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Math Help - Probability theory

  1. #1
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    Probability theory

    Conditions: Suppose that a coin is flipped and a die is rolled. Let E_1 denote the Event "the coin shows a tail," let E_2 denote the event "the die shows a 3" and let E_3 denote the event "the coin shows heads and the die shows an odd number."

    Problem: Are E_1 and E_2 mutually exclusive?


    I am pretty much lost here and really dont even know where to start.

    Pwr
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  2. #2
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    Lightbulb Sorry

    This was accidentally posted in the wrong forum. Sorry
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  3. #3
    Grand Panjandrum
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    Quote Originally Posted by pwr_hngry View Post
    Conditions: Suppose that a coin is flipped and a die is rolled. Let E_1 denote the Event "the coin shows a tail," let E_2 denote the event "the die shows a 3" and let E_3 denote the event "the coin shows heads and the die shows an odd number."

    Problem: Are E_1 and E_2 mutually exclusive?


    I am pretty much lost here and really dont even know where to start.

    Pwr

    No draw a Venn diagram of the situation. Are the areas represented by
    E1 and E2 disjoint? No they overlap whenever both the coin shows a tail
    and the die a 3. Therefore they are not mutually exclusive.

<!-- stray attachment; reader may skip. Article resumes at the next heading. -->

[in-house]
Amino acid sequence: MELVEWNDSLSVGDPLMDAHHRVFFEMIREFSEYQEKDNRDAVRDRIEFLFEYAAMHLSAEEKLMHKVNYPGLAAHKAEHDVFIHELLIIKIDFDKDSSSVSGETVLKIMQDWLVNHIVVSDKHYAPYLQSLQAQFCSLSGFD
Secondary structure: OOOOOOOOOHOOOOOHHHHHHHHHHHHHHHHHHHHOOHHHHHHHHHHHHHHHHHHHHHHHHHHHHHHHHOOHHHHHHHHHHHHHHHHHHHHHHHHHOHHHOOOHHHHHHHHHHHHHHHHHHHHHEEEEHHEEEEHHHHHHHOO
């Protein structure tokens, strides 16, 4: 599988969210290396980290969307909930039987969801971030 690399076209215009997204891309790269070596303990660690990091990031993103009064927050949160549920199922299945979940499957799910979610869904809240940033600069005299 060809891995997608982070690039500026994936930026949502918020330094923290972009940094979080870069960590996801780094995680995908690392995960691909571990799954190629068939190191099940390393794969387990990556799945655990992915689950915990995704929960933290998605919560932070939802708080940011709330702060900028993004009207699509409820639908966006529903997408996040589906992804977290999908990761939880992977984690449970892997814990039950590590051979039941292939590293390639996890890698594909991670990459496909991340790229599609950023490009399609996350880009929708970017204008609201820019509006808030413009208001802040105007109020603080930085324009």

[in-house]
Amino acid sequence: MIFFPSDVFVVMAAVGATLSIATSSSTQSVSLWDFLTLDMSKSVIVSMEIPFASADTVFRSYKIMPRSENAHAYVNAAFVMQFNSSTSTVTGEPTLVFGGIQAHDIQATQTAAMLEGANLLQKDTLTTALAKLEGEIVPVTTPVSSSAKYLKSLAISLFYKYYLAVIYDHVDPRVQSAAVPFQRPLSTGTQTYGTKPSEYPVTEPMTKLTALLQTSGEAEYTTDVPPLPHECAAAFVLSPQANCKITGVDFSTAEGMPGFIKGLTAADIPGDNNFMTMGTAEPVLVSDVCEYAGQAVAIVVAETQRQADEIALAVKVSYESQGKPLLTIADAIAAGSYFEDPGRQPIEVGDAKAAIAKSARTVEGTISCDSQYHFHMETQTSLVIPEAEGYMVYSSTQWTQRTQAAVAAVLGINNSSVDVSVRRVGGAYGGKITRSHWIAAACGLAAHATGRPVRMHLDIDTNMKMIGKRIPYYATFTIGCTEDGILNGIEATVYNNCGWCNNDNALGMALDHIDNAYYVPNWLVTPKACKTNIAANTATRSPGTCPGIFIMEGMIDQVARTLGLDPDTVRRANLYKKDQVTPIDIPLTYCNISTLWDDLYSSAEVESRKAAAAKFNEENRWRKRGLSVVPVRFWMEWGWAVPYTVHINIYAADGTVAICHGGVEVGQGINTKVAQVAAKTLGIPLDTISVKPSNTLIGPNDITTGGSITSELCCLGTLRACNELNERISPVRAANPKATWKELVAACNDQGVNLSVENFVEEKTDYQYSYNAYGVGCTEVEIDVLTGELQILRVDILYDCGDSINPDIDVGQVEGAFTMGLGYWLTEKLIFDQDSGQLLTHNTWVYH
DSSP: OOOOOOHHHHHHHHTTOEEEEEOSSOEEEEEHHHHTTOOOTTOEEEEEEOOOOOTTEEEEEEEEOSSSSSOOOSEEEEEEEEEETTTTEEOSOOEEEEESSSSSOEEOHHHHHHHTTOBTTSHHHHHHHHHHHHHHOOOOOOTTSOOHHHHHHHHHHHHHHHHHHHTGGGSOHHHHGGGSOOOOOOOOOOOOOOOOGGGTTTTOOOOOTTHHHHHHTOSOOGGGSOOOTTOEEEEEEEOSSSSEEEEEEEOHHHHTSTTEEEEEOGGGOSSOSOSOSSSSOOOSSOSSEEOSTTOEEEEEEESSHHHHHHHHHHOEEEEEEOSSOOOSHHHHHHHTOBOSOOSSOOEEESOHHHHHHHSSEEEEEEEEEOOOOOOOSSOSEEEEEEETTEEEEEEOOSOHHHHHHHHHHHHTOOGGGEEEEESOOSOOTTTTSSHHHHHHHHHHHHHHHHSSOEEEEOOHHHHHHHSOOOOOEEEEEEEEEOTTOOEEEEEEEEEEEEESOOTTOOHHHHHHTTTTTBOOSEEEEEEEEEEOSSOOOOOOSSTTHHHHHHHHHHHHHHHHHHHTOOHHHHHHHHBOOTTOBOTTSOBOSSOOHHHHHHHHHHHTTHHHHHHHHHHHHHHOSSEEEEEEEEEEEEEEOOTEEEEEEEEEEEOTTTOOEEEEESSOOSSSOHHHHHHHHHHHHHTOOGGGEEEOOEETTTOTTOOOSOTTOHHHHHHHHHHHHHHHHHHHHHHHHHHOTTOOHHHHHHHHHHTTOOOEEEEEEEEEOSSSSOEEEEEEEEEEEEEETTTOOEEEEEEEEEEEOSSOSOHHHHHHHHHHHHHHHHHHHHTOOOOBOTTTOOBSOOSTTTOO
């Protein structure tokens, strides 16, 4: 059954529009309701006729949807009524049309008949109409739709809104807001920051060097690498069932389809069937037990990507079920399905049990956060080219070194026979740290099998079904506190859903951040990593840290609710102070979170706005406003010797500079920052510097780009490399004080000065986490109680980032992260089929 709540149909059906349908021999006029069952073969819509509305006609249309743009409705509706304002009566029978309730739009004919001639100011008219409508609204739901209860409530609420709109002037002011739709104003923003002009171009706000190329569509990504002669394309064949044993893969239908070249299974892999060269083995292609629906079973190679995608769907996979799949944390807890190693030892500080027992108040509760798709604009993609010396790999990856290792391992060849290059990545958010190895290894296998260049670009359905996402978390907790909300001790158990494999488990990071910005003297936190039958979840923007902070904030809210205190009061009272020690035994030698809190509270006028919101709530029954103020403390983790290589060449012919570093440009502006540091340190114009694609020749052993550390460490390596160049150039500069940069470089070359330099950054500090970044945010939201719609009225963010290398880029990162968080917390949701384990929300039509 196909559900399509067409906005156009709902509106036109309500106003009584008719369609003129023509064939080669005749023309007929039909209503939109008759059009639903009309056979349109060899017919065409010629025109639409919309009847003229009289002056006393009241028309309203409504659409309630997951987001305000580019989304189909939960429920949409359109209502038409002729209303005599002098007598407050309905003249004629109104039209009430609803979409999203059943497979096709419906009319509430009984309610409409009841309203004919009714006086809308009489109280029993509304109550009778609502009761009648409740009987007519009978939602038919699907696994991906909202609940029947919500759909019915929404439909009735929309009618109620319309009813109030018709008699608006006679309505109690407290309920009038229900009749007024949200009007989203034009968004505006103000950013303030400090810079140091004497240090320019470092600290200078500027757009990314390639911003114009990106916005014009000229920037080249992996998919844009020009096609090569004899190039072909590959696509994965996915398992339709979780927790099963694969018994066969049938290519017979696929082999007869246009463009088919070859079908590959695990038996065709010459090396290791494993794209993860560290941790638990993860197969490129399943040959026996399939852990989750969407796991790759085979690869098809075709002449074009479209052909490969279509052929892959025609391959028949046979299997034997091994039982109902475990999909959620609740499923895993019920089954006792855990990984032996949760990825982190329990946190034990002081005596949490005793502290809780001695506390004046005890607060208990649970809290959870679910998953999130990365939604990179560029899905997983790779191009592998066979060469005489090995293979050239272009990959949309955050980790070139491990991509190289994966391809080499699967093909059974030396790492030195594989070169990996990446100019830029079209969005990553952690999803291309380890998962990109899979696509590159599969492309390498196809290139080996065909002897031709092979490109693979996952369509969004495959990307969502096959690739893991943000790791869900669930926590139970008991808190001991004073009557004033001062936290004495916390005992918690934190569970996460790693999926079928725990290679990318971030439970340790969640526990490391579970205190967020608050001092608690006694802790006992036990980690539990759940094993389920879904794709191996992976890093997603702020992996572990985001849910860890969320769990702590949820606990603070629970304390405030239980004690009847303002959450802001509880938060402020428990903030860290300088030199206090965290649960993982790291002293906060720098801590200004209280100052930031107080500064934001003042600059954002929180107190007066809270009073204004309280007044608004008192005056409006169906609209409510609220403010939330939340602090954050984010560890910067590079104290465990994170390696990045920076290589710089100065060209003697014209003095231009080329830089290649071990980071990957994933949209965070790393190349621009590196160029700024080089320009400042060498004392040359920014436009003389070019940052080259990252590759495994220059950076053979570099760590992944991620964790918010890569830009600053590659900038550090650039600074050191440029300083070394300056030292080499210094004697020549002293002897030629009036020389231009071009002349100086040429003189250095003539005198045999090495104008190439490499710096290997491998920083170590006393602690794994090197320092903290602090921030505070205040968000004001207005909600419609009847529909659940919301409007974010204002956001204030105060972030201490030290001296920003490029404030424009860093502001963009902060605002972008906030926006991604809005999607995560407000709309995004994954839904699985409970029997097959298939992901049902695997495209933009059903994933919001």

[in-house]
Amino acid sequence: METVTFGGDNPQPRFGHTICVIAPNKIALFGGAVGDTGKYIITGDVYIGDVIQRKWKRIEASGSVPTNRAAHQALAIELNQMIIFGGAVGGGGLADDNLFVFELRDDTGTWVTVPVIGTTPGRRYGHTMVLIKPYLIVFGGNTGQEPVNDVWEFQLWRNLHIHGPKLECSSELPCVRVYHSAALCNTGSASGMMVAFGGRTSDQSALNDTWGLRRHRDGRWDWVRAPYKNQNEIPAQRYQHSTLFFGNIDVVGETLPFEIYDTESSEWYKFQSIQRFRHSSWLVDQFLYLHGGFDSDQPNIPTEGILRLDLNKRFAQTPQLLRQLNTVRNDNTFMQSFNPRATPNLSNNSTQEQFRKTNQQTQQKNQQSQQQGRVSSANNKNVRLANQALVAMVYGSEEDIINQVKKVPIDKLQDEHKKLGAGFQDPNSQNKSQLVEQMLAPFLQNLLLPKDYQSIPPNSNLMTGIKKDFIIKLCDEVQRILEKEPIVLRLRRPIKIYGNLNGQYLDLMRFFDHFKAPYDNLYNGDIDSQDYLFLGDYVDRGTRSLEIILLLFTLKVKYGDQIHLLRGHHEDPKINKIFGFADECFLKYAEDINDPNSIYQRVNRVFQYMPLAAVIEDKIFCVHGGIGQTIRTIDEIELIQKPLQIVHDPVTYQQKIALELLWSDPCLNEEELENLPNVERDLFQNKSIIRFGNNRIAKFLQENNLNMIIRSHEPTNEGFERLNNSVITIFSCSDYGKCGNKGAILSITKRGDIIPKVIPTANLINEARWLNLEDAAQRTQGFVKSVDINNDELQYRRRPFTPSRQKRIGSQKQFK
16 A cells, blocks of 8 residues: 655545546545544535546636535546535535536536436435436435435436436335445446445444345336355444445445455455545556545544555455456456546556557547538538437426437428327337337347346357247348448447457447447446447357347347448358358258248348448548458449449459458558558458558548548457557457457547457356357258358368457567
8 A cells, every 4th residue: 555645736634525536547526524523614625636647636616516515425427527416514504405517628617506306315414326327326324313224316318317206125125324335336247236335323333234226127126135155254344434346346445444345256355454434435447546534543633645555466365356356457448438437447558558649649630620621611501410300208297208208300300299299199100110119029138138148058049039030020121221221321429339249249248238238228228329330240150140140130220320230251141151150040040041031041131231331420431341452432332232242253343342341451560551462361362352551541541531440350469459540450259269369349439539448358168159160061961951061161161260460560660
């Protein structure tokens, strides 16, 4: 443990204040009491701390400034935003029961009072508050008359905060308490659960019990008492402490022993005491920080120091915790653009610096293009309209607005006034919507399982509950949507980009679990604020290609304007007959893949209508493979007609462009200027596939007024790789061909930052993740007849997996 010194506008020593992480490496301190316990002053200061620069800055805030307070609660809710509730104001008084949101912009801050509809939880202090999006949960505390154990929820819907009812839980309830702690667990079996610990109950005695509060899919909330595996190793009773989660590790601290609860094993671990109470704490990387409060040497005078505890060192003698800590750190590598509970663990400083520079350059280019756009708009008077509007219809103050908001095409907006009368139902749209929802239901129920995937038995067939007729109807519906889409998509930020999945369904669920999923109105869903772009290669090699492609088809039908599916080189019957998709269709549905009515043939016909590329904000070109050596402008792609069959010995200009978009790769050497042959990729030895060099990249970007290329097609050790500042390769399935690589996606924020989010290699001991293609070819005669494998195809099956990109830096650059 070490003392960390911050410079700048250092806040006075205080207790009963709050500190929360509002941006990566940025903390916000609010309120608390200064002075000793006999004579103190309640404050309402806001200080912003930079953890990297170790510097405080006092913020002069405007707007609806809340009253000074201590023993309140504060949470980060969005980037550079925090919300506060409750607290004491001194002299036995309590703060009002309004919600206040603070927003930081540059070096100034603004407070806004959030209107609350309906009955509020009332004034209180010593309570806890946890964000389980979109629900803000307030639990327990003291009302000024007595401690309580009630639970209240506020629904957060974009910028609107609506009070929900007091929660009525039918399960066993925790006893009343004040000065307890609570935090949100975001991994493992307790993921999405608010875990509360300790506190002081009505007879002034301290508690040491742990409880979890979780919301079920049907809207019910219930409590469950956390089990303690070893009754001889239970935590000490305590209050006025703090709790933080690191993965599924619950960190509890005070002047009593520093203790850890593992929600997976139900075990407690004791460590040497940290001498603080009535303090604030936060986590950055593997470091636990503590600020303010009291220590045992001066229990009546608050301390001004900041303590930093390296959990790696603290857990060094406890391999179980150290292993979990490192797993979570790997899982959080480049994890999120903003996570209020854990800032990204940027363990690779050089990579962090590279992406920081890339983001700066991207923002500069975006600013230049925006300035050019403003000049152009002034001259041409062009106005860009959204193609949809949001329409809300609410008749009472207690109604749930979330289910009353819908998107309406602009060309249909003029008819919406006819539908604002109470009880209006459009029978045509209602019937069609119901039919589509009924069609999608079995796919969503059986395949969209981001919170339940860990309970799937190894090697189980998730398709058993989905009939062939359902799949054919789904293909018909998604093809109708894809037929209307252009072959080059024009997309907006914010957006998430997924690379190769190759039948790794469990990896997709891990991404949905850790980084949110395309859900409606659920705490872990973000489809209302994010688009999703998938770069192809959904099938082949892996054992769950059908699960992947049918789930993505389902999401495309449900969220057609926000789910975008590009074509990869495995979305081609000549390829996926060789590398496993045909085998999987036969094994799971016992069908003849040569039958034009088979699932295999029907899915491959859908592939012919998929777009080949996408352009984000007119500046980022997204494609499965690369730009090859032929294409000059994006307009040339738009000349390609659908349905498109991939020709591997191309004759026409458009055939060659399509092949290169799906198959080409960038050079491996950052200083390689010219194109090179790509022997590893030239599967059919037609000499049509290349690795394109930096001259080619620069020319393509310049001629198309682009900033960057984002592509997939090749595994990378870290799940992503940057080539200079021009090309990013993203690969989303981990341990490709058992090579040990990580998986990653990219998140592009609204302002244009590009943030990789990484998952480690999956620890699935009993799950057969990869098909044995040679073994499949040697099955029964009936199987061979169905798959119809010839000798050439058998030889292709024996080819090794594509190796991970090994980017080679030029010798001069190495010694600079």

RonL
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  4. #4
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    Hello, pwr_hngry!

    Suppose that a coin is flipped and a die is rolled.
    Let E
    1 denote the event: "the coin shows a tail".
    Let E
    2 denote the event: "the die shows a 3".

    Problem: Are E
    1 and E2 mutually exclusive?
    How about starting with the definition of "mutually exclusive".
    . . You don't know it?

    Two events are mutually exclusive if they cannot happen at the same time.


    Flip a coin and roll a die.
    Is it possible to get a "tail" on the coin and a "3" on the die?

    Well?

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  5. #5
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    Soroban,
    By that definition of Mutually exclusive, it is definitely possible to roll a 3 on the die and have heads show on a coin. This would mean that tha E_1 and E_2 are NOT mutually exclusive.

    Thanks for the Help Soroban and Captain Black.

    Pwr.
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